The youth movement has largely been a success this year. Philadelphia came into the season knowing that several players under 25 would need to make an impact for the team to be successful. Travis Konecny and Ivan Provorov have led the charge. The former is the Flyers leading goal scorer; the latter has returned to form as a true top-pairing defenseman. Joel Farabee was called up after four AHL games and hasn't looked back. Connor Bunnaman has looked like a legit-4C in his second NHL stint. Nicolas Aubé-Kubel is developing into an incredible bottom-sixer. Phil Myers is starting to round into form as a future top-four blue-liner. His current partner Travis Sanheim has followed a similar trajectory, just slightly faster. Carter Hart has had growing pains, but the 21-year old is well on his way to being the best Flyers goalie since the guy that drafted him.

Each veteran has their own unique story. James van Riemsdyk and Jake Voracek have found themselves in AV's doghouse at times this season, but have produced at decent clips and are driving play. Sean Couturier is a beast, and was the PWHA's midseason pick to win the Selke Trophy. Shayne Gostisbehere has struggled mightily, being healthy scratched multiple times, and is currently recovering from knee surgery. Captain Claude Giroux is on pace for his third lowest point total in a full season, but that's in part due to befuddling power play formations and spending a handful of games at center.

But this season won't be remembered for what has happened so far. Not the 1-4-1 post-holiday road trip, the NHL lead in points in November, the last-minute loss in Brooklyn, the epic overtime finish in Montreal. The first 59 games of the Flyers season have been exhilarating, never letting up for a second. It has been a battle. The Flyers remain a resilient team, albeit one that probably relies on that trait more often than they should.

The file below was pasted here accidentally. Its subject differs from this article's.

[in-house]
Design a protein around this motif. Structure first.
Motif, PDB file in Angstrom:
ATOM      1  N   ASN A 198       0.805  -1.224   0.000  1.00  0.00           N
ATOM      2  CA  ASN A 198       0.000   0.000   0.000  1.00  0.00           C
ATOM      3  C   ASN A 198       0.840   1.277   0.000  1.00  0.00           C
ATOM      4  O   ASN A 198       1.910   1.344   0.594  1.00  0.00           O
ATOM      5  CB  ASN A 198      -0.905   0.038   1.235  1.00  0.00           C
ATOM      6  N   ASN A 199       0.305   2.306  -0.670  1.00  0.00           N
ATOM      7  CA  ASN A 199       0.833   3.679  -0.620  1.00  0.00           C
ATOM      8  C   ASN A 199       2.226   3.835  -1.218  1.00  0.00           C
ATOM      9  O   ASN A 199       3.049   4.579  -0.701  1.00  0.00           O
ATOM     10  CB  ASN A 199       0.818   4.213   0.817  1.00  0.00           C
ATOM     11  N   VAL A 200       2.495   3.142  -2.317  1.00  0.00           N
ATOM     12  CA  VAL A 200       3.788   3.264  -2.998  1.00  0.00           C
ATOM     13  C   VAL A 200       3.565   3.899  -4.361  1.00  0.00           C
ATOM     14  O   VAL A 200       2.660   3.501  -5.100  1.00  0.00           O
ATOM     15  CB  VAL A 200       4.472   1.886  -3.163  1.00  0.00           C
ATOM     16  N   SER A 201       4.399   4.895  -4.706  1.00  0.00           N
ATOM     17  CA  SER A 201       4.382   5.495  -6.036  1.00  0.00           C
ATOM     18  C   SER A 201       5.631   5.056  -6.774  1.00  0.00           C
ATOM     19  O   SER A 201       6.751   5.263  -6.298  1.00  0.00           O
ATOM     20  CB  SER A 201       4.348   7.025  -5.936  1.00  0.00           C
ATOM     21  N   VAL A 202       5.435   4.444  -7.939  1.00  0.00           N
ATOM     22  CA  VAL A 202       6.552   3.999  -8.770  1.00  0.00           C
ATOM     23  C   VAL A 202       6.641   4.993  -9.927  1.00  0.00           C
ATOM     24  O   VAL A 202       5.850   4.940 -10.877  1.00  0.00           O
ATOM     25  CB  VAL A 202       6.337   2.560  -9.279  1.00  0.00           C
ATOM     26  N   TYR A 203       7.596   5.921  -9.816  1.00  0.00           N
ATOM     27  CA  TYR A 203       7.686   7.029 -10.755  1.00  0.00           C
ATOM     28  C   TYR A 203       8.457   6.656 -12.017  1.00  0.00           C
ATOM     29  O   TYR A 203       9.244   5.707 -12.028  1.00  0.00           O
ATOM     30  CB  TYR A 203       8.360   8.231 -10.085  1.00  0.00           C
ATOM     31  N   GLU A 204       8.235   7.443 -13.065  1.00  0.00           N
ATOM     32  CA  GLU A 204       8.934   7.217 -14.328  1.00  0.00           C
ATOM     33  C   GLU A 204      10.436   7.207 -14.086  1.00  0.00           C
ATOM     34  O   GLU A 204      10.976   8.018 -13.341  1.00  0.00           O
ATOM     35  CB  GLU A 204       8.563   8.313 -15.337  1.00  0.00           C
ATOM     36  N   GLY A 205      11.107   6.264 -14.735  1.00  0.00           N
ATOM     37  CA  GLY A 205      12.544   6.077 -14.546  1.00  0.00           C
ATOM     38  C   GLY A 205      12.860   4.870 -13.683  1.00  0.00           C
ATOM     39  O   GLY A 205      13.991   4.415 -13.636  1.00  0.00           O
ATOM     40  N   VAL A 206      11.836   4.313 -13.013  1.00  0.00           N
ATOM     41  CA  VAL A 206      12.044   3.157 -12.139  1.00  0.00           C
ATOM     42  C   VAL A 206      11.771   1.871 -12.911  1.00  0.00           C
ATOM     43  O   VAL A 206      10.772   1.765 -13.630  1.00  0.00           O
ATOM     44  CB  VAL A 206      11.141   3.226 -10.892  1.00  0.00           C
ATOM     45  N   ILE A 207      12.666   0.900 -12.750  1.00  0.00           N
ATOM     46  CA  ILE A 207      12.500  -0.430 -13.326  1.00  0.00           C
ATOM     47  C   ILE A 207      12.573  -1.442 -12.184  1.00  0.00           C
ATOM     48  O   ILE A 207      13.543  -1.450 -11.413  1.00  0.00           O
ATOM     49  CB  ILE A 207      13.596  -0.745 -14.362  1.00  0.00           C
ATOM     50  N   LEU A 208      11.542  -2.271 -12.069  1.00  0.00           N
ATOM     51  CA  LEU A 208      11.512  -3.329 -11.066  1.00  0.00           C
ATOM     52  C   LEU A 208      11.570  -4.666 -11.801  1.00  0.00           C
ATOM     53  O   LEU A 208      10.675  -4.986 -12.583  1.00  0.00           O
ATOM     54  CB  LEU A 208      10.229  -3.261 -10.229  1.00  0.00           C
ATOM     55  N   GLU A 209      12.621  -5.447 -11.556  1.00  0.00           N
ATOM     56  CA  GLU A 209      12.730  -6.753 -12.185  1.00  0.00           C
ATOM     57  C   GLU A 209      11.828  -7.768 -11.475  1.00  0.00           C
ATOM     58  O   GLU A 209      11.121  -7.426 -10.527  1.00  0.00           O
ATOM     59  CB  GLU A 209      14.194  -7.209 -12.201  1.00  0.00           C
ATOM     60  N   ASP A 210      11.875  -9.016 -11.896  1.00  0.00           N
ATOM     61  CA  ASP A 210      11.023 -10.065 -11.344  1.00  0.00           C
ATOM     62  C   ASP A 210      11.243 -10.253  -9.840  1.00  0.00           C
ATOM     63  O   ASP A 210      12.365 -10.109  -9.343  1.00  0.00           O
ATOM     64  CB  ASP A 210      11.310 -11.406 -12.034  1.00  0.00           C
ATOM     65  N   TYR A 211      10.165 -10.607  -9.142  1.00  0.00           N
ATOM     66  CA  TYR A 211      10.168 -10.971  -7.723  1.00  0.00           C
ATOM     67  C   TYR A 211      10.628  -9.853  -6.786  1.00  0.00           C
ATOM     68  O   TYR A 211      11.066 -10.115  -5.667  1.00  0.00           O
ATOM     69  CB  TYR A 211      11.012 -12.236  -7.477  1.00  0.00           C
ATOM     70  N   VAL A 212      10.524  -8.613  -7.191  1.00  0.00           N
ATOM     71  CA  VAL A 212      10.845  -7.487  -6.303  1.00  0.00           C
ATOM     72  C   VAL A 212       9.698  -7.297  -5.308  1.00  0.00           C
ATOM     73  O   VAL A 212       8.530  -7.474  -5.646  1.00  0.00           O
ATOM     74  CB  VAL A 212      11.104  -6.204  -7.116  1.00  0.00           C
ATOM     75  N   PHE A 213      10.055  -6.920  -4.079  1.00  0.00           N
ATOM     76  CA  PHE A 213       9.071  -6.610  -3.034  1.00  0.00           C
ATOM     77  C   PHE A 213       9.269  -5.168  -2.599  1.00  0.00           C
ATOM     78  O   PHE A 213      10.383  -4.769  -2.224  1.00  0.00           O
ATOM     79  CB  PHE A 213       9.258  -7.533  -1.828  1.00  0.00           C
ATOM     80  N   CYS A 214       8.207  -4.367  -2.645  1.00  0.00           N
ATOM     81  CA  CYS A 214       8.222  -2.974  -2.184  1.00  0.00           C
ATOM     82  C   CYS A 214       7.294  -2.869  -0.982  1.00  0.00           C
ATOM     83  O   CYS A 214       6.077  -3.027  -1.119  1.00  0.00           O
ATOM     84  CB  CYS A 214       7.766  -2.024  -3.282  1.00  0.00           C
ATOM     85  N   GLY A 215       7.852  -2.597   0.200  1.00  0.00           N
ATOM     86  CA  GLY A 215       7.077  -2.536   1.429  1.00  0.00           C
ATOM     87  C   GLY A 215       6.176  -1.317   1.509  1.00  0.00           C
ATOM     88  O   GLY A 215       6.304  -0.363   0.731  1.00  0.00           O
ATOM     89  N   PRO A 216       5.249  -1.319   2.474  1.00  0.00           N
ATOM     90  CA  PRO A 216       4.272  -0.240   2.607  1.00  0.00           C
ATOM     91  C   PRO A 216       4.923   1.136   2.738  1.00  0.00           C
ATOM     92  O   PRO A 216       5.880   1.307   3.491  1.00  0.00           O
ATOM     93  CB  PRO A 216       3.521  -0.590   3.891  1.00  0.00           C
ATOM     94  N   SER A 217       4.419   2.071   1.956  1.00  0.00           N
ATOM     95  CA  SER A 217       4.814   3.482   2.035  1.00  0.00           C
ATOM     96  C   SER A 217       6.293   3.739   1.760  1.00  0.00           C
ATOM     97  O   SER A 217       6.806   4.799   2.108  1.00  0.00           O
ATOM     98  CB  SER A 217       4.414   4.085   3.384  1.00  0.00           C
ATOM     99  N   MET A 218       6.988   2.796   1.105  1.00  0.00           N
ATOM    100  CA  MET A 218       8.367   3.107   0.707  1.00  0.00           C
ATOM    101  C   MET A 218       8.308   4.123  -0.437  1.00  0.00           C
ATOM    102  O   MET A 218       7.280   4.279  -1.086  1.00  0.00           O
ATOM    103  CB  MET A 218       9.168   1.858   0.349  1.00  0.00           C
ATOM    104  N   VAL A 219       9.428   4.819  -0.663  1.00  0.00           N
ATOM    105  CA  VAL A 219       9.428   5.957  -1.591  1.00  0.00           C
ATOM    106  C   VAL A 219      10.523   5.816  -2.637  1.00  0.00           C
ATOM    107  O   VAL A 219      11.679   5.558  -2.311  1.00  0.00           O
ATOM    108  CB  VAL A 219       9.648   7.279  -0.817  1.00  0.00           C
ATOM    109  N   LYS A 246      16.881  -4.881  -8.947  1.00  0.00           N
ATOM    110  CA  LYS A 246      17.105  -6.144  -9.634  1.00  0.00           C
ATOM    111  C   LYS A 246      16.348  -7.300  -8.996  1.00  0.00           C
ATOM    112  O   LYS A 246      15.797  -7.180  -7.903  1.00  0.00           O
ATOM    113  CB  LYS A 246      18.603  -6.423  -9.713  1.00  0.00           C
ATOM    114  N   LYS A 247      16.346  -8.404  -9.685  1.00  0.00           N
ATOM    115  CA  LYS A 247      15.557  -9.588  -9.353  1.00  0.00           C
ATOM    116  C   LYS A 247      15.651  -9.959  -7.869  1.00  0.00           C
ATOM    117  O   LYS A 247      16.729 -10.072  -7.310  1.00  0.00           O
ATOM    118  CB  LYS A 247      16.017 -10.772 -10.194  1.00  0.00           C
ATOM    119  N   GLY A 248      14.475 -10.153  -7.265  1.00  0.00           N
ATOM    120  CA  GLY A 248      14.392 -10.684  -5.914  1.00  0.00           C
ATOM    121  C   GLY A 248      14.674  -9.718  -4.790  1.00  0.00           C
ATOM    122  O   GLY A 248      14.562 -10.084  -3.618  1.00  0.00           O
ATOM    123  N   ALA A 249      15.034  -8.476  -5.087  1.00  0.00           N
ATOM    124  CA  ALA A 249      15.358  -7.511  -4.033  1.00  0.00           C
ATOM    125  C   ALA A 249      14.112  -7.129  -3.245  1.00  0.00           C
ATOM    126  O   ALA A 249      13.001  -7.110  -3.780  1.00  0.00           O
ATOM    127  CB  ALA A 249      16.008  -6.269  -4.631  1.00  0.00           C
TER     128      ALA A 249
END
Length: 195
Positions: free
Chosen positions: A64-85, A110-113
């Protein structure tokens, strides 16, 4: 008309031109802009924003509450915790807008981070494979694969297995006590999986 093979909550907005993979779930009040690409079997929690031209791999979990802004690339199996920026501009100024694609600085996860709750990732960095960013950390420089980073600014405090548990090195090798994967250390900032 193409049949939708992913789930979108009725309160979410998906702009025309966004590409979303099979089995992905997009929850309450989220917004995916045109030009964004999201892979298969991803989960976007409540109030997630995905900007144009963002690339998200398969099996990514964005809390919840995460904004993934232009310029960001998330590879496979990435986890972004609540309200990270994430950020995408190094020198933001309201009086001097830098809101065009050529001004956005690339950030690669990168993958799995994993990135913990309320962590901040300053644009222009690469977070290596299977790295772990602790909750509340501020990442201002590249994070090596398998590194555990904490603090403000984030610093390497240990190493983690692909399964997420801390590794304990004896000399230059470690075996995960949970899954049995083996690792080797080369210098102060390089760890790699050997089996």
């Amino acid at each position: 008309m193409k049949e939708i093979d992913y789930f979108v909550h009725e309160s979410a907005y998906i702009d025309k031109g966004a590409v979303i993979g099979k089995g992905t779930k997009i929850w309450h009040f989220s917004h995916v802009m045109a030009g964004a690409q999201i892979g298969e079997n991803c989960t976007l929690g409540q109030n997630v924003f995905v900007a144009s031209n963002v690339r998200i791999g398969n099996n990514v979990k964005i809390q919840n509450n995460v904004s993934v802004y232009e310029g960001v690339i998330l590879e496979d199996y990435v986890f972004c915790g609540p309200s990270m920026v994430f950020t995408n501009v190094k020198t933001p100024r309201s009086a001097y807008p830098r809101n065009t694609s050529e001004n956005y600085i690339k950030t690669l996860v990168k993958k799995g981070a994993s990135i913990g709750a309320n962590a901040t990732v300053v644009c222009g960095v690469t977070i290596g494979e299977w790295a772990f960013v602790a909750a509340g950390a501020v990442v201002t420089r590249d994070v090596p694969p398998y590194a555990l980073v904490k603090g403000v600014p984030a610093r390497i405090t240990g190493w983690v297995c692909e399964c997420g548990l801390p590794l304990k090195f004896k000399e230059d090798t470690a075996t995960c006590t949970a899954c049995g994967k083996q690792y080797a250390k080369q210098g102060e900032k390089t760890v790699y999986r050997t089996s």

February 24th, one week from today, is the NHL's trade deadline. Chuck Fletcher will likely look to add, but because of the Flyers tight cap situation (just over $2 million of deadline cap space, per CapFriendly), he will likely only make a minor move, if he makes one at all. The only potential reinforcements coming are likely in house, either via a promotion of 2017 1st round pick Morgan Frost from the Phantoms, or the return of 2017 2nd overall pick Nolan Patrick, who has missed the entire season with migraine disorder. It's most likely that the group the Flyers have now is the one that will be tasked with getting it done, whatever you consider "it" is.

And here lies the greatest mystery of this season - what will it take for this year to be a success? The answer is different for everyone. Some people refuse to accept anything less than a Stanley Cup. Others are already satisfied with the progress the Flyers have shown; after all, they need just eleven points to reach last season's total. Most are somewhere in the middle. Making the playoffs is goal number one right now; you can't win anything big unless you get in. Missing the playoffs certainly isn't unfathomable with where the Flyers are in the standings. But they are also in good enough position and have a good enough roster that it's certainly a realistic goal, if not an expectation, the Flyers will be playing in mid-April.